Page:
1050 Valencia Street Site

The building permit for the five-story Mission District development under construction at 1050 Valencia Street has officially been suspended and the public hearing to re-review the appeal of the project’s approved height has been scheduled for June 3.

The suspension was due to a Superior Court Judge’s ruling that San Francisco’s Board of Appeals “abused its discretion” and “failed to set forth the analytic route it traveled” when the Board reversed its original vote which would have limited the Mission District development to four stories in height.

Comments from Plugged-In Readers

  1. Posted by David

    This is why we can’t have nice things.

  2. Posted by pringles

    I used to live across the street from this location. It is an ideal project for the location: razing a single story fast-food structure into apartments with bicycle parking (no cars). Heavy subway is 3 blocks away and plenty of other amenities nearby. The Liberty Hill nimbys opposing this should be ashamed and feel lucky they secured their coveted Victorians when they did.

  3. Posted by inclinejj

    The bigger problem is, Every tradesmen around is over loaded with work. You lose your subs, good luck getting them back.

  4. Posted by R

    Developers should be able to sue NIMBY’s for the cost associated with project delays due to frivolous lawsuits. The fact that they can litigate a project at will with no consequences to themselves empowers them excessively.

    • Posted by JR "Bob" Dobbs

      Well, in this case, the “NIMBYs” won. By definition, it was thus not a frivolous lawsuit. Do you agree that the developer should now have to pay the “NIMBYs” for the costs and fees of this successful lawsuit?

    • Posted by SFCitizen

      I don’t think the individuals or neighborhood associations have the deep pockets required to pay the judgment. I do wonder if neighborhood associations have some type of insurance coverage for their activities. Does anyone know if a neighborhood association has been successfully sued for their activity? Maybe something under the RICO act?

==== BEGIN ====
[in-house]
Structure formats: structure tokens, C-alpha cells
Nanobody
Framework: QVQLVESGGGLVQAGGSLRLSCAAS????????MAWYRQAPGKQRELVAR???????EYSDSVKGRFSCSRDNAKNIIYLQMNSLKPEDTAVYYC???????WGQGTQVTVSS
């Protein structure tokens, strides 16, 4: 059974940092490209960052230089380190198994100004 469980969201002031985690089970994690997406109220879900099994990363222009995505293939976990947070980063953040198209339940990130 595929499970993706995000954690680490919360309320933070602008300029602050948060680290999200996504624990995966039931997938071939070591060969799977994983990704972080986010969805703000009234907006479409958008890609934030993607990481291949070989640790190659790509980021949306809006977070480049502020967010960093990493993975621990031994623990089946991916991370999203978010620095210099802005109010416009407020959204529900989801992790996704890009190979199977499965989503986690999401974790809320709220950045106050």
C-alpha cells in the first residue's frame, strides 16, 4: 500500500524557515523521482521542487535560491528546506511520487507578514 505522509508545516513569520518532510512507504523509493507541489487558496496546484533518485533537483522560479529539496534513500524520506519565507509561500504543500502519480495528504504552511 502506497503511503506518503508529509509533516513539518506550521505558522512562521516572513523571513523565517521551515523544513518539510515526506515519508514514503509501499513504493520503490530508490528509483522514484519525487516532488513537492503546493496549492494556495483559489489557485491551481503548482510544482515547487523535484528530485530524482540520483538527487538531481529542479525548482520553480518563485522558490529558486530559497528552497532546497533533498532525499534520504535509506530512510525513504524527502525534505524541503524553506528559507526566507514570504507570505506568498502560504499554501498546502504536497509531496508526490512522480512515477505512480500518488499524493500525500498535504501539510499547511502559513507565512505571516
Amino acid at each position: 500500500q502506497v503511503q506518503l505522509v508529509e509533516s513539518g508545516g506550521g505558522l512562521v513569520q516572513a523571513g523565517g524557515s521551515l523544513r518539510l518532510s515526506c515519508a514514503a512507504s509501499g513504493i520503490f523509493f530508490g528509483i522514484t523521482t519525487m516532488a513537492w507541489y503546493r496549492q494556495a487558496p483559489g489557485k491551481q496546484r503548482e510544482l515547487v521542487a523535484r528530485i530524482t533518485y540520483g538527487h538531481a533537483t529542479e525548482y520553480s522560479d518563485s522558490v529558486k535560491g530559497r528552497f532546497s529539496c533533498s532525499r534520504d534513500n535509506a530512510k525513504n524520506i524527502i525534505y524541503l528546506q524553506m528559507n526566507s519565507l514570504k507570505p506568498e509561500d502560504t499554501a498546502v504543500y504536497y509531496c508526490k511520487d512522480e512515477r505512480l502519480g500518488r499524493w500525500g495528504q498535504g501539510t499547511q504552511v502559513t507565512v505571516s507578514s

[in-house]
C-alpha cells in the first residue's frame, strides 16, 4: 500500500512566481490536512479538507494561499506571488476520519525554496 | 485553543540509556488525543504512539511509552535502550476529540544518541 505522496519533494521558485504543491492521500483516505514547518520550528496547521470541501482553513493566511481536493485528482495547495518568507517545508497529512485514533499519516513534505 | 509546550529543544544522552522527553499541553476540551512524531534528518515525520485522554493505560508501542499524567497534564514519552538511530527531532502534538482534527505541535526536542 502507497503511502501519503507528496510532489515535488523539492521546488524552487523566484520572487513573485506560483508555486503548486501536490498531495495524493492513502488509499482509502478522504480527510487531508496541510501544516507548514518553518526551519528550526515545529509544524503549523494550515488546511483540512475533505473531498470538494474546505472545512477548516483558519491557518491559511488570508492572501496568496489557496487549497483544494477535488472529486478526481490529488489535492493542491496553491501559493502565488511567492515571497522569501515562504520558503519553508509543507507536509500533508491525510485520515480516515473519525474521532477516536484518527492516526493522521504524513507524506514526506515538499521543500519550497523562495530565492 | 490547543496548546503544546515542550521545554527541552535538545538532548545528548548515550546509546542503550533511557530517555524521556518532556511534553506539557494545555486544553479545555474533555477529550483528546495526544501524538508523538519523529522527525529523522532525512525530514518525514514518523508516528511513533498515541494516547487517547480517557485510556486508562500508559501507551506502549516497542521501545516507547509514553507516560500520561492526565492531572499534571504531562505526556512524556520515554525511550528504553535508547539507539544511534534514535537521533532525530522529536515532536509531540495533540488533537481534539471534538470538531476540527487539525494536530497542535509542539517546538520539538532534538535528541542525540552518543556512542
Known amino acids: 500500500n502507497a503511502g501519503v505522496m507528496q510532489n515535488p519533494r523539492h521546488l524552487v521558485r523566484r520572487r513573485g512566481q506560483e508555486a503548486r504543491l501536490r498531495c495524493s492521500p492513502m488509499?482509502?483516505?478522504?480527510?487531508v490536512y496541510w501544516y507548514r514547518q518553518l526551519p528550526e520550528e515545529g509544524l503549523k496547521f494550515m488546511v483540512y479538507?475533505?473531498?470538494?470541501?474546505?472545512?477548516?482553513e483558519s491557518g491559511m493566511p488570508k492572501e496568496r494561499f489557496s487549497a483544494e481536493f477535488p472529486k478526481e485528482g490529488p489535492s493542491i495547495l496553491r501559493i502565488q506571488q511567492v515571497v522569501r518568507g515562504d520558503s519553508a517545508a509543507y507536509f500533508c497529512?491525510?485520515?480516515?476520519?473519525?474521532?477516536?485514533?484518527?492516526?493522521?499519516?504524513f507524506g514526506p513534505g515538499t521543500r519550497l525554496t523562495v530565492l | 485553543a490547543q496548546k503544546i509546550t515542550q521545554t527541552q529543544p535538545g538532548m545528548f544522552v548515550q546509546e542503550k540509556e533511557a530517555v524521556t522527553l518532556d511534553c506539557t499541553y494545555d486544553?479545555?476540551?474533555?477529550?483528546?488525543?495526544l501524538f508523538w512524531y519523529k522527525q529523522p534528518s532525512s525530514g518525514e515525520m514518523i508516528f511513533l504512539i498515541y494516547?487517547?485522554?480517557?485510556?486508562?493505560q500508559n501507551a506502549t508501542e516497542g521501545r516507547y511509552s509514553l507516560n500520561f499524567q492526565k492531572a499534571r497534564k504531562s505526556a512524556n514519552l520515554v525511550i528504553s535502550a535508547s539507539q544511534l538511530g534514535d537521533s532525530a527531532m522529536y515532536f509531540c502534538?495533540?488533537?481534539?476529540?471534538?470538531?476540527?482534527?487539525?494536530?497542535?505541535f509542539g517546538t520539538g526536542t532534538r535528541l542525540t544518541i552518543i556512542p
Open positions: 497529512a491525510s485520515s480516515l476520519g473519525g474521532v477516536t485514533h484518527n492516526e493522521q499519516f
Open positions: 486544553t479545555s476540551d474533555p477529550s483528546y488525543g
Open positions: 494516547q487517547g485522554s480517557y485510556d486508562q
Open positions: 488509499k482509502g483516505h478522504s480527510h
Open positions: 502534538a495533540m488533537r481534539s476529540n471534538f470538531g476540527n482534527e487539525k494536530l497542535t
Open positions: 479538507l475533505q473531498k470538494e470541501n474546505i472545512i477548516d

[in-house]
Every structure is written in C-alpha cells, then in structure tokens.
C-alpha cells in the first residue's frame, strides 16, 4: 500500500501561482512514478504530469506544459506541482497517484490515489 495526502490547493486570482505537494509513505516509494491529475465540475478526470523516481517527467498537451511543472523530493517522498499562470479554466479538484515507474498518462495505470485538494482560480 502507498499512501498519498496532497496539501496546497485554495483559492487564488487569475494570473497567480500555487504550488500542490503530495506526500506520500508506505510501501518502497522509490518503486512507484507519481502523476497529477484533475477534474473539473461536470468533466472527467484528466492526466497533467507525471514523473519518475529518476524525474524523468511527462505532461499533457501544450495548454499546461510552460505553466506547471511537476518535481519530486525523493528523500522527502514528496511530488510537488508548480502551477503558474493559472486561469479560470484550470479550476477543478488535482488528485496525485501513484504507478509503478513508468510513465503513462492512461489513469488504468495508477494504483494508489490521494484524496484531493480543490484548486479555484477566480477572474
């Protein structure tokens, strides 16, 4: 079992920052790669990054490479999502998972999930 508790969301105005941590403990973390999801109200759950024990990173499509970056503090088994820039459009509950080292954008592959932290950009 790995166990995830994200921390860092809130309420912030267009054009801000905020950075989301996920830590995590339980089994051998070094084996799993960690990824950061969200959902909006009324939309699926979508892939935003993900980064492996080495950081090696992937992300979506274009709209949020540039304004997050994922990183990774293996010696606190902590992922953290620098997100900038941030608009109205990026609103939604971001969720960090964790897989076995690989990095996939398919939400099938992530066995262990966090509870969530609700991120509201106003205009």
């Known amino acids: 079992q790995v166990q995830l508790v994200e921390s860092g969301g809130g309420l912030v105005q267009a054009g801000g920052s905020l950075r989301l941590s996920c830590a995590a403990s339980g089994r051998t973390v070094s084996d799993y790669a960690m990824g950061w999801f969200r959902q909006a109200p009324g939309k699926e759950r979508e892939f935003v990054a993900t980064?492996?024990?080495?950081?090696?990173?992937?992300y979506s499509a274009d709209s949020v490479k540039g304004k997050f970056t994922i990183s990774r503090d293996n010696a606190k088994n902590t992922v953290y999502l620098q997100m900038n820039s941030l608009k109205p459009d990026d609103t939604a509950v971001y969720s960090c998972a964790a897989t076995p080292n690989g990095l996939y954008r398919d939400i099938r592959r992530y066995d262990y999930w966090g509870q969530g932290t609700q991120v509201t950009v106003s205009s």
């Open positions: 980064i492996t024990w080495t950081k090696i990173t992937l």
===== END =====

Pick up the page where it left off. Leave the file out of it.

5. Posted by moto mayhem

    why are missionites fighting against their own interest. Is the IQ level just lower on that side of town?

    • Posted by Pablo

      Lower building = totally within their own interests $$$. The most desirable $$$ neighborhoods in SF are the ones with the lowest density – Sea Cliff – Presidio, Saint Francis Wood, etc.

      For every millionaire with a great view out of Rincon Tower – there are 3-4 people now living in that buildings shadow. People need housing – but they also like sunlight.

      • Posted by Alai

        Sea Cliff – Presidio, Saint Francis Wood etc may be the most “desirable $$$” per housing unit, but I doubt they’re the most desirable per square foot of land.

      • Posted by moto mayhem

        if their interest is controlling housing costs fighting against development only hurts their cause

      • Posted by Dr. House

        Sunlight is still readily available in the same place as always — outside. Conveniently humans are equipped with legs with which to walk around. Also it’s quite strange to me, all this recent complaining about shading parks, and about shading homes now? Whenever I go to a park the first thing I do is usually look for shade. UV is harmful to you; it can literally give you cancer. But whatever, if you like being in the sun go walk around to get in the sun if you really have become that Vitamin D deficient!

        • Posted by Amewsed

          Thank you Dr. House for the sense with humor and medical common sense. I wonder if the same people who complain about shading parks and homes are the ones who ignorantly fight tooth and nail over not vaccinating their kids.

          Hear that? Crazy moms! Use that excess lunacy to attend a medical seminar or class offered by a reputable hospital. Otherwise, quarantine your kid from the rest of society.

  6. Posted by Rome is Burning

    I thought once a permit was issued and the builder took economically significant steps to commence the project, the rights vested. Guess I was wrong, but this has to be nearly unprecedented. The project went through a rigorous public process, received planning commission support, sustained multiple appeals, and now some judge second guesses the whole process mid-construction. Really? Are all you construction lenders taking notice of this? Astounding.

  7. Posted by Ellen Catalina (@daimondog)

    DIdn’t this project already cut out to BMR units to make the Liberty Hill Nimbys happy?

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